StarStorm (partially found pilot of cancelled live-action adaptation of "Saint Seiya" anime series; 1994-1999)

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Screenshot from the resurfaced footage from the pilot, showing the logo for the series.

Status: Partially Found

In mid-1994, with the growing popularity of the ever-so-popular super-sentai franchise, Mighty Morphin' Power Rangers, reaching the western front of the world the year prior, more and more Japanese media exports were making their way to the United States. One of which, with its notoriety among Japanese audiences, is the Saint Seiya franchise. To further advertise the franchise in the United States, a 15-minute pilot for a live-action adaptation based on the hit anime TV series, was produced and made although it was abandoned as the years went on due to poor reception from various audiences.[1]

This pilot was not widely known at that time until an interview from a French media magazine, AnimeLand, in 2003, interviewed the franchise series' creator, Masami Kurumada, confirming its existence.[2][3]


With more and more Japanese media exports reaching various other countries in the 1980s-1990s, it had yet to reach the United States until Mighty Morphin' Power Rangers[4], produced by Renaissance-Atlantic Films[5], Bandai Namco America, and Saban Entertainment. This ended up being a hit to the audience in America, thus creating an influx of more and more Japanese media being shown to the American audience, and western and Japanese companies monopolizing on hit Japanese franchises to be brought in America, two of which are the infamous Toon Makers adaptation of Sailor Moon, and Saint Seiya[6].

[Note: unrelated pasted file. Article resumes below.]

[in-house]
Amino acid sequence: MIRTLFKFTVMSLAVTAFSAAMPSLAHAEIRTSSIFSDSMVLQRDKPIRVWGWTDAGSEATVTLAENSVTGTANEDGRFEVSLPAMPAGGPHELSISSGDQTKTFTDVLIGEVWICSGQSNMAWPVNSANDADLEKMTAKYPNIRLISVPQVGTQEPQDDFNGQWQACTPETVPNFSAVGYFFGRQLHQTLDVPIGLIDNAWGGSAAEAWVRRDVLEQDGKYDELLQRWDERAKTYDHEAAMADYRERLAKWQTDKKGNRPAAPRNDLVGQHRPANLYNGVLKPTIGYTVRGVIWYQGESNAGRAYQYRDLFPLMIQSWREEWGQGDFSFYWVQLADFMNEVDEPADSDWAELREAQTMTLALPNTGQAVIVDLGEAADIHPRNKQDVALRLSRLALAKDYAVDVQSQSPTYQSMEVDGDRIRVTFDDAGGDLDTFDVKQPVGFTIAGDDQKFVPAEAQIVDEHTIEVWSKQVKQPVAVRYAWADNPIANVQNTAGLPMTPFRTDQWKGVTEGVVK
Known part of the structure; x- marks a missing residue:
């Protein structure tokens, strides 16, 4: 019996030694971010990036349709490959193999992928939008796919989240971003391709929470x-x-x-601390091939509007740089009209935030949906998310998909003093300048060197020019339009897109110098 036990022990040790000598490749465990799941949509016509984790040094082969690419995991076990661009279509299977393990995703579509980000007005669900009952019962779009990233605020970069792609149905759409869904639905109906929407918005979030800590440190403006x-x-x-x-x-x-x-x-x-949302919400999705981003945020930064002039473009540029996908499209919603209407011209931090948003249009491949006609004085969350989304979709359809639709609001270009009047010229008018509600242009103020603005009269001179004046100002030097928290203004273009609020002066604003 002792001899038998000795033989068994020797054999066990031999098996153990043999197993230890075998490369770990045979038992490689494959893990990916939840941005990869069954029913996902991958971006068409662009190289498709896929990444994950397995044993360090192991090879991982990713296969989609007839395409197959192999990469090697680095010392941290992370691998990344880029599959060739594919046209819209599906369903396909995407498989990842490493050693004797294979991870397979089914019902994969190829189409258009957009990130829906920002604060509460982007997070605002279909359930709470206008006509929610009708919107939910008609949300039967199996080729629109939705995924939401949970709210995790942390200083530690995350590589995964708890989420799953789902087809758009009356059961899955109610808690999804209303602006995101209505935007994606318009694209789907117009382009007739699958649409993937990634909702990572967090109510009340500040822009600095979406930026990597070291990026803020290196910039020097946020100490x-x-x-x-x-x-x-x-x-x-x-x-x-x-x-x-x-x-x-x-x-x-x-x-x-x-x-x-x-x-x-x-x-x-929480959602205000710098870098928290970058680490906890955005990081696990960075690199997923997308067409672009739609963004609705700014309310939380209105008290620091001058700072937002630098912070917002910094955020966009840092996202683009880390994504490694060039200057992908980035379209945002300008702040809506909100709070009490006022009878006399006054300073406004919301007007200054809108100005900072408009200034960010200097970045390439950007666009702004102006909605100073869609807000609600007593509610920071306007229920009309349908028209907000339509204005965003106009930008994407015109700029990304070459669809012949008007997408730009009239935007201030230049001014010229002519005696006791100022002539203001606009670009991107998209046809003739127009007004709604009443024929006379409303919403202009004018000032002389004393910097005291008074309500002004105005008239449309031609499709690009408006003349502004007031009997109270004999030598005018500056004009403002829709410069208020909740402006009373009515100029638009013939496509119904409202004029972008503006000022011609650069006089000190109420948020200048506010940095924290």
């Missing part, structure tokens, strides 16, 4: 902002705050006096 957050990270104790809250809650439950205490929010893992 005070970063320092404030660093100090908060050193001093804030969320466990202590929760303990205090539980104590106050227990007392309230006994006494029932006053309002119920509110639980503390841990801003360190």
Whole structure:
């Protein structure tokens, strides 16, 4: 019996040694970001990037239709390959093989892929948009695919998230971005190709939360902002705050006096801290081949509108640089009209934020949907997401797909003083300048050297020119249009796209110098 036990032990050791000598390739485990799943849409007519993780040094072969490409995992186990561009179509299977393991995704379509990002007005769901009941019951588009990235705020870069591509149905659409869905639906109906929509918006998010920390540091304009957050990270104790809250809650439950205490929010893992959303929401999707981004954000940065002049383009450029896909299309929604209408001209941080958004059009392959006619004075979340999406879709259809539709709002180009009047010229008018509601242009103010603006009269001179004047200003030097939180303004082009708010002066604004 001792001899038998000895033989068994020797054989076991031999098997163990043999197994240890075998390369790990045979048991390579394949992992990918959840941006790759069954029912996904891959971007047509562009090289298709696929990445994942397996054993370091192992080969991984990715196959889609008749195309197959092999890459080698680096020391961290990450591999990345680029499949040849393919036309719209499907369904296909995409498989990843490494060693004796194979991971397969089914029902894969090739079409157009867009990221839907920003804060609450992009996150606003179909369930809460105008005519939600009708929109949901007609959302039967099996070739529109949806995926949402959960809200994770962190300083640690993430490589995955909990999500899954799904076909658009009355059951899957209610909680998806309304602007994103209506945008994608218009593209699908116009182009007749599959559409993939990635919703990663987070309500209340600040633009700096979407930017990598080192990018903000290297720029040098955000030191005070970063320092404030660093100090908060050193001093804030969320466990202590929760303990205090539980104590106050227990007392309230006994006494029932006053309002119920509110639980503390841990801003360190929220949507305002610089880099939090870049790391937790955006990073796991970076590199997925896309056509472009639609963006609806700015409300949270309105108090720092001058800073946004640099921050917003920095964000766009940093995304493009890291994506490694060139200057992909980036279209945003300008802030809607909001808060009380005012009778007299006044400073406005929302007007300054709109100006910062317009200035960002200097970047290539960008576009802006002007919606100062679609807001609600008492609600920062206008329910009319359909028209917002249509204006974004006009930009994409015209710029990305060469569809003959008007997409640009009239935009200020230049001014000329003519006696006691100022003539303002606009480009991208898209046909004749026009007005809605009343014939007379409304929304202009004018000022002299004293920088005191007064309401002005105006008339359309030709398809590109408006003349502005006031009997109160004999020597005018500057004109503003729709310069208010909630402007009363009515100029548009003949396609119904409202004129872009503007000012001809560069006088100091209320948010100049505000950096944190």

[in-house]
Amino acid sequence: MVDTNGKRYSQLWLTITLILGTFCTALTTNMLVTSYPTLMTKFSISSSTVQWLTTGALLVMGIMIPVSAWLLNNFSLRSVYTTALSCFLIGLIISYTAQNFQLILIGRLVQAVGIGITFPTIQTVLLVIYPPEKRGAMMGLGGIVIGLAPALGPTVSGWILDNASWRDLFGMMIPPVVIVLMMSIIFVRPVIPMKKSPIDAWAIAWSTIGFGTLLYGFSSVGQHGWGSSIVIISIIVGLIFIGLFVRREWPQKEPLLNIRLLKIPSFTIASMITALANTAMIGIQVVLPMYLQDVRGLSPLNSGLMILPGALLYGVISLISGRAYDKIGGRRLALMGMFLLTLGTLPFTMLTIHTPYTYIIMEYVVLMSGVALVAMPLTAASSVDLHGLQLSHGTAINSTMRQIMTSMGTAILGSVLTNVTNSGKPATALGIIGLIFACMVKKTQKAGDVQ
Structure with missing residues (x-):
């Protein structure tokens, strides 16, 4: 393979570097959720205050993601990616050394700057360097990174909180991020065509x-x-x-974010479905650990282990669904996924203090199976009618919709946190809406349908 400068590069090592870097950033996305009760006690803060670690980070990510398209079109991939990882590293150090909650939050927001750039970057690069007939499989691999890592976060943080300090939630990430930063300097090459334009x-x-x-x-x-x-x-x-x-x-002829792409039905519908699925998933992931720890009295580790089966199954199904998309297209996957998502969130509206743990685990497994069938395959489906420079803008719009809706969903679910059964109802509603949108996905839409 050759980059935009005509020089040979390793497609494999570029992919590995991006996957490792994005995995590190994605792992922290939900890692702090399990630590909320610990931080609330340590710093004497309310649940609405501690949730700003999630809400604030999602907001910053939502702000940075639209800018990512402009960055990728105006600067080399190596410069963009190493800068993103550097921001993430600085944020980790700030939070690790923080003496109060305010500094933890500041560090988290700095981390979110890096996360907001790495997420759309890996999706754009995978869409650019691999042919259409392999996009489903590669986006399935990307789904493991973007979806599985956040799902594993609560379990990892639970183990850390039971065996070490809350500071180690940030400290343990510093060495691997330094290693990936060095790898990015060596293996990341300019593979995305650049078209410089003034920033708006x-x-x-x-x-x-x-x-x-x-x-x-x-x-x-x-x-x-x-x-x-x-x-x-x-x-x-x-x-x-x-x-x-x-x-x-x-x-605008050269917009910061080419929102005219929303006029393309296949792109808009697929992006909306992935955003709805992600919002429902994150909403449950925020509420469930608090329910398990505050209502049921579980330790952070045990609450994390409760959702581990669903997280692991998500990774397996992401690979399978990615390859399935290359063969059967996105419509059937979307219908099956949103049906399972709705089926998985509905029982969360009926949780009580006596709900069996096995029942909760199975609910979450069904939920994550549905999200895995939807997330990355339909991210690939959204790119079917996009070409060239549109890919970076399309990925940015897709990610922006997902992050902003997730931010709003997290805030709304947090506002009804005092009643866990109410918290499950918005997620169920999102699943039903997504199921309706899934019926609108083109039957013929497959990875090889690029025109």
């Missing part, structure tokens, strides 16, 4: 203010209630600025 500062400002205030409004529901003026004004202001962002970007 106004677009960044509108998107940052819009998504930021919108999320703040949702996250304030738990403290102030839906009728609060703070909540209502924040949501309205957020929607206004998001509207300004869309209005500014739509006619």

After seeing the positive reception for Mighty Morphin Power Rangers, which had been doing well commercially on both television and in their toy line, the then-president of Bandai Namco America, Frank Ward, had been pushing for the anime series, Saint Seiya to be brought to America, due to how popular it is in international countries in Europe and South America. More importantly, they were trying to increase their toy stocks, seeing how popular action figures, especially from Power Rangers had been. This was not an easy barrier to cross though, as serializing and bringing the series to the United States were met and faced with various copyright complications, and business restrictions due to the series' violent nature[7], and were difficult to be pitched, let alone approved and greenlit by toy markets and television executives.[1]

Due to restrictions and the series' violent nature, in order for them to advertise the franchise to a much bigger audience, Frank Ward and the whole Bandai Namco America team decided to make a live-action adaptation of the series, also in order to promote and increase sales on their toy line of Saint Seiya action figures.[1]

The Pilot

The company, Renaissance-Atlantic Films[5], was taken in charge of producing and making the pilot for the TV series to be pitched to various networks. The company had worked on various other TV works on various toy franchises before, and had been partners with Bandai Namco America on which both of them had produced Mighty Morphin' Power Rangers.[4]The series' name was picked to be StarStorm, as Ward claimed that the name was derived from the 1977 sci-fi film classic, Star Wars.

There is no resurfaced listing of people who had worked on the pilot, and the actors who portrayed the characters for the series. Frankly, Ward doesn't have any recollection of it. [1] Since the listing of toys are held in favor of the Bandai company worldwide, the copyright holders for the series, Toei, won't let them make the pilot or advertise the toys and had only reported to keep making American companies air and buy their works for audiences in the western front. With various copyright complications and placements on pushing the series to America, the pilot was postponed and eventually known to be abandoned as late as 1999.[1]